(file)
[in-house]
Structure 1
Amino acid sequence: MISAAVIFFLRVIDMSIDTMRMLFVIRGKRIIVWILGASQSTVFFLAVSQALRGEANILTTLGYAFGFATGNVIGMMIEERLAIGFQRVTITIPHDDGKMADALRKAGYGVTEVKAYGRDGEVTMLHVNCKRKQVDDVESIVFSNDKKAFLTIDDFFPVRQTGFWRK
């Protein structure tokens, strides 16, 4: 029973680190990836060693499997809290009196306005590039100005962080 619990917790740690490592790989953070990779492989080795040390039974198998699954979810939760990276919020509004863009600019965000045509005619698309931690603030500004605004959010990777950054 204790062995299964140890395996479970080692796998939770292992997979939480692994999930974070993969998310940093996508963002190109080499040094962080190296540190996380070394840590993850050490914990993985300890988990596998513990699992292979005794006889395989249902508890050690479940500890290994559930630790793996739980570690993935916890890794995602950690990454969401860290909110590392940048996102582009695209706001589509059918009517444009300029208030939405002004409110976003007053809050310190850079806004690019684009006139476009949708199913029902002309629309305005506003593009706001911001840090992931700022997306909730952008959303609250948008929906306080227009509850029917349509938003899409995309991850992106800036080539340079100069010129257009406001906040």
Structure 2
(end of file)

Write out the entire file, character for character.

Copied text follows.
[in-house]
Structure 1
Amino acid sequence: MISAAVIFFLRVIDMSIDTMRMLFVIRGKRIIVWILGASQSTVFFLAVSQALRGEANILTTLGYAFGFATGNVIGMMIEERLAIGFQRVTITIPHDDGKMADALRKAGYGVTEVKAYGRDGEVTMLHVNCKRKQVDDVESIVFSNDKKAFLTIDDFFPVRQTGFWRK
């Protein structure tokens, strides 16, 4: 029973680190990836060693499997809290009196306005590039100005962080 619990917790740690490592790989953070990779492989080795040390039974198998699954979810939760990276919020509004863009600019965000045509005619698309931690603030500004605004959010990777950054 204790062995299964140890395996479970080692796998939770292992997979939480692994999930974070993969998310940093996508963002190109080499040094962080190296540190996380070394840590993850050490914990993985300890988990596998513990699992292979005794006889395989249902508890050690479940500890290994559930630790793996739980570690993935916890890794995602950690990454969401860290909110590392940048996102582009695209706001589509059918009517444009300029208030939405002004409110976003007053809050310190850079806004690019684009006139476009949708199913029902002309629309305005506003593009706001911001840090992931700022997306909730952008959303609250948008929906306080227009509850029917349509938003899409995309991850992106800036080539340079100069010129257009406001906040």
Structure 2